Balancing development and biodiversity conservation in a changing climate
Development is vital to the economic and social wellbeing of many Caribbean nations. Healthy coral reefs are an important foundations for development, but human activities can also put pressure on coral reefs, threatening biodiversity and the sustainability of ecosystem goods and services. Achieving a balance between development and biodiversity conservation is crucial to the future of Caribbean communities, especially under a changing climate, as pressures on both social and ecological systems intensify.
How marine biodiversity offsets can help
Biodiversity offsets are emerging as a useful tool in environmental impact assessment and mitigation that allow for development to occur while minimising the risks to important elements of biodiversity and the overall health of ecosystems.
Biodiversity offsets are only used once other actions have been done to avoid, reduce and manage the impacts of development. Offsets are often used in land-based settings to promote conservation of endangered species and fragile habitats but there is not yet a framework for offsetting development impacts on marine and coastal biodiversity.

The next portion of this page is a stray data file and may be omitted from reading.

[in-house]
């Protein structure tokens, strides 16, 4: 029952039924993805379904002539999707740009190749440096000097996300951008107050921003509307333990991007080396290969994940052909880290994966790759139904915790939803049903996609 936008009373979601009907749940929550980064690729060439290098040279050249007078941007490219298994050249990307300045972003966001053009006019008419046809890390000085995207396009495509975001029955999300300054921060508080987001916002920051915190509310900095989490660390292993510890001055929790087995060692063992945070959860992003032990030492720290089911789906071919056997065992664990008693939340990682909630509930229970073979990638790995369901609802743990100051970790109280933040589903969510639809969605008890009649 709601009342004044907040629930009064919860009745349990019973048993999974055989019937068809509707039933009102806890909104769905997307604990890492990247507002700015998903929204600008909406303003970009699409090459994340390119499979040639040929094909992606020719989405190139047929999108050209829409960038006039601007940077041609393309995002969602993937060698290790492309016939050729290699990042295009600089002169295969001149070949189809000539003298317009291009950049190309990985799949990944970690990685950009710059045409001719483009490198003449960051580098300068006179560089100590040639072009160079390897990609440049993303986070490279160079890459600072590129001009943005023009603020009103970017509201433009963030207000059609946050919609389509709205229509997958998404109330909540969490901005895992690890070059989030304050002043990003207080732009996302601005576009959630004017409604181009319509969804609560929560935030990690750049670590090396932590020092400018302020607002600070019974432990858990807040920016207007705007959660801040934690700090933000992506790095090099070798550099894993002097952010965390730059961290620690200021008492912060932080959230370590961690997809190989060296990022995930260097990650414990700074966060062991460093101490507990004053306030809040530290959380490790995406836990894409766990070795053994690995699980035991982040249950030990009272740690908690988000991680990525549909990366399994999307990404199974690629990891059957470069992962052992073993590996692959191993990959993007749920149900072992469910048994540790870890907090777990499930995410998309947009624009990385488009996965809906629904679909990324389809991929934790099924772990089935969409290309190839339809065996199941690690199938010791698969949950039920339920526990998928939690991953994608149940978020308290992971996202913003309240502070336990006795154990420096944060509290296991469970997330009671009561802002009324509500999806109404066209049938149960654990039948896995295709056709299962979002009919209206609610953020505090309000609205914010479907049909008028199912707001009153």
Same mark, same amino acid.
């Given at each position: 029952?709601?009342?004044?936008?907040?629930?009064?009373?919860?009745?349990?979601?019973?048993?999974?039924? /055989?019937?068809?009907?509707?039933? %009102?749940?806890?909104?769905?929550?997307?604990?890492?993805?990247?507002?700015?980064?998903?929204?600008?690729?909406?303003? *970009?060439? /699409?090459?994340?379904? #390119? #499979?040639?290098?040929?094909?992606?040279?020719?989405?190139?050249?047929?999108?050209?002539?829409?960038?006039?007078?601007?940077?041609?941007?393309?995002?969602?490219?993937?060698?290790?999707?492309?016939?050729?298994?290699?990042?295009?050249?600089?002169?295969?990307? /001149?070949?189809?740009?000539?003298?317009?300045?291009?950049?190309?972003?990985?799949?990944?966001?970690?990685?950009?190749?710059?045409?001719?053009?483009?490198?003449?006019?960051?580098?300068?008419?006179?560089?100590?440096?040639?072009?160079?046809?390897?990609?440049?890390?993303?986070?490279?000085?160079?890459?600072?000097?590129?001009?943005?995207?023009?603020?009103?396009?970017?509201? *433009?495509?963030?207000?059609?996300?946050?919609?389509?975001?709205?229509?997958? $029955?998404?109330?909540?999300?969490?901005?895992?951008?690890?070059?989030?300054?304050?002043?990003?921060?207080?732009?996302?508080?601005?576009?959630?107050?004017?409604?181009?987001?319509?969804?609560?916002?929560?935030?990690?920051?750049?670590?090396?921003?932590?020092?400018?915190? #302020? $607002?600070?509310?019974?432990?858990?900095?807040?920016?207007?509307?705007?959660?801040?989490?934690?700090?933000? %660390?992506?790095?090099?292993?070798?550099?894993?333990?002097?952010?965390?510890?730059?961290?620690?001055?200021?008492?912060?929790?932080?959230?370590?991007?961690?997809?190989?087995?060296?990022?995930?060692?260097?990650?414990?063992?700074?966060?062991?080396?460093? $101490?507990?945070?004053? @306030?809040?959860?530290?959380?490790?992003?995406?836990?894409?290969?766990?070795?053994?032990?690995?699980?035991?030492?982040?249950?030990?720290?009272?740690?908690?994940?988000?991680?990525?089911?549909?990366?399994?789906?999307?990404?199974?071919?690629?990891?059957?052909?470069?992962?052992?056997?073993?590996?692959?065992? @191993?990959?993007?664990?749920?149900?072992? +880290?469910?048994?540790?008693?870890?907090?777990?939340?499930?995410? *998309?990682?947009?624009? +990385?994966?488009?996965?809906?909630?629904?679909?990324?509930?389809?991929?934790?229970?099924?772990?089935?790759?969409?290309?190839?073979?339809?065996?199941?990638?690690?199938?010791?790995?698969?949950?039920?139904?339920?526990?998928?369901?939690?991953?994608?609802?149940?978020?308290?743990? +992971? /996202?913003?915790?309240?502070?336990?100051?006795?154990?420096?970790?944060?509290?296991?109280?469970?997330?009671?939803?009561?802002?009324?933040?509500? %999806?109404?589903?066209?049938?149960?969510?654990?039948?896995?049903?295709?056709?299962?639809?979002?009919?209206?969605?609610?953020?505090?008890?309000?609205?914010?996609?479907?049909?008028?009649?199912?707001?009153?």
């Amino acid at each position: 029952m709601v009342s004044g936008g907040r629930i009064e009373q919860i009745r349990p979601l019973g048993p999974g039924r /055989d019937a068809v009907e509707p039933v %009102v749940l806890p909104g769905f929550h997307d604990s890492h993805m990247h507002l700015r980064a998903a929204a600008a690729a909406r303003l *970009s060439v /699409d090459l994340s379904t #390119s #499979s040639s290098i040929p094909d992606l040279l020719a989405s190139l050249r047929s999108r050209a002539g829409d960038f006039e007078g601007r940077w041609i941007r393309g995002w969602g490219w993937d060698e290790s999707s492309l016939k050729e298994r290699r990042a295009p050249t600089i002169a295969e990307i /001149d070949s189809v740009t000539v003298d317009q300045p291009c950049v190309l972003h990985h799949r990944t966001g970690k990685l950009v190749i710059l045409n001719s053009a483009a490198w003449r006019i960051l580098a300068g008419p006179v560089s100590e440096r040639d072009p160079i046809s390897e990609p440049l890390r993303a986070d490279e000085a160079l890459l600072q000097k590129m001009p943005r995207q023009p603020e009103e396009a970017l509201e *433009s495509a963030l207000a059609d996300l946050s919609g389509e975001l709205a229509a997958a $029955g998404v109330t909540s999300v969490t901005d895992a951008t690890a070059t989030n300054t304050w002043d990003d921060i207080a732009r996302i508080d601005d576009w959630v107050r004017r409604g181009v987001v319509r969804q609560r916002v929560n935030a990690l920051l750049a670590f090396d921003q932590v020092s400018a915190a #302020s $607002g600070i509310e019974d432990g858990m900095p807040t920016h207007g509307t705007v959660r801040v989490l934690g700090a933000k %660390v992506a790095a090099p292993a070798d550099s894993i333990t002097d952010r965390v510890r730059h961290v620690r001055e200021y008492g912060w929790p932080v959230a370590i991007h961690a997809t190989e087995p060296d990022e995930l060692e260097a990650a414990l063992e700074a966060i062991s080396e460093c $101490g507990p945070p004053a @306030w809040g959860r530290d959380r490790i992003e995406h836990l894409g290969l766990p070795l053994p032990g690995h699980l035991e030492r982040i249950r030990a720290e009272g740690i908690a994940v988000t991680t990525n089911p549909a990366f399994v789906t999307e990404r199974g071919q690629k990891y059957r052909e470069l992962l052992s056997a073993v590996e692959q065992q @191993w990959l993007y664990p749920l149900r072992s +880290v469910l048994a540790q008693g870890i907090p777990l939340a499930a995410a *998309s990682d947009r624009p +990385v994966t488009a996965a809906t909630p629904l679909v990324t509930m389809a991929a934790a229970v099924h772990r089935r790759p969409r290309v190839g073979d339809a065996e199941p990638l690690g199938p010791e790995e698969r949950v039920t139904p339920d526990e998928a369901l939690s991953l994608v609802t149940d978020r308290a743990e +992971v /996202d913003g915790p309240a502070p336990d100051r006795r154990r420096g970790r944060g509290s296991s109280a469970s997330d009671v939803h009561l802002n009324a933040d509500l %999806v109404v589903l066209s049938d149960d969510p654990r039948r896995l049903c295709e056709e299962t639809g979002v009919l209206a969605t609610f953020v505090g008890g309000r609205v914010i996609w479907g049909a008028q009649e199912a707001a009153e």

A marine biodiversity offsets framework for Belize
The Belize Coastal Zone Management Authority/Institute and the Great Barrier Reef Marine Park Authority worked with regional policy makers, resource users and international experts in biodiversity offsetting to review international best practices and review their relevance to marine ecosystems. The project brought together experts from Australia, Belize, the IUCN World Conservation and the Business and Biodiversity Offsets Program (BBOP) to develop a framework document to assist in the development of policy and process for applying biodiversity offsets in Belize. The Marine and Coastal Biodiversity Offsets framework for Belize is one of the first efforts to apply recent advances in offsetting theory and practice to a marine and coastal context.